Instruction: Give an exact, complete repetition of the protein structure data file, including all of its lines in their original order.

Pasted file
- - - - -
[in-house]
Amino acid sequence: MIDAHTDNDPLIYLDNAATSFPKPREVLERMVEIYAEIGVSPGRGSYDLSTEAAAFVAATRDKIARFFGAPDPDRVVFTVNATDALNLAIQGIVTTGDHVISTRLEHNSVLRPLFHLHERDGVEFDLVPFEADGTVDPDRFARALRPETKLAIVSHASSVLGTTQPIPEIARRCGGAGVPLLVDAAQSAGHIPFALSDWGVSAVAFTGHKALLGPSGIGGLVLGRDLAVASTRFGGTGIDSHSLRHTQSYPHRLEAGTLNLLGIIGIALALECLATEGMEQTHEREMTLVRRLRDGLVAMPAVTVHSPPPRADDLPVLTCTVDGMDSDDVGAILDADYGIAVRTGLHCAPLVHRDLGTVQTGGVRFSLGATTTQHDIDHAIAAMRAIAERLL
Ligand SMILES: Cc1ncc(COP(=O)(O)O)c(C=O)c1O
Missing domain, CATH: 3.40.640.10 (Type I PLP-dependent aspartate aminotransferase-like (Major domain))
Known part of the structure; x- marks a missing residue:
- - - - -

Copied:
[in-house]
Amino acid sequence: MIDAHTDNDPLIYLDNAATSFPKPREVLERMVEIYAEIGVSPGRGSYDLSTEAAAFVAATRDKIARFFGAPDPDRVVFTVNATDALNLAIQGIVTTGDHVISTRLEHNSVLRPLFHLHERDGVEFDLVPFEADGTVDPDRFARALRPETKLAIVSHASSVLGTTQPIPEIARRCGGAGVPLLVDAAQSAGHIPFALSDWGVSAVAFTGHKALLGPSGIGGLVLGRDLAVASTRFGGTGIDSHSLRHTQSYPHRLEAGTLNLLGIIGIALALECLATEGMEQTHEREMTLVRRLRDGLVAMPAVTVHSPPPRADDLPVLTCTVDGMDSDDVGAILDADYGIAVRTGLHCAPLVHRDLGTVQTGGVRFSLGATTTQHDIDHAIAAMRAIAERLL
Ligand SMILES: Cc1ncc(COP(=O)(O)O)c(C=O)c1O
Missing domain, CATH: 3.40.640.10 (Type I PLP-dependent aspartate aminotransferase-like (Major domain))
Known part of the structure; x- marks a missing residue: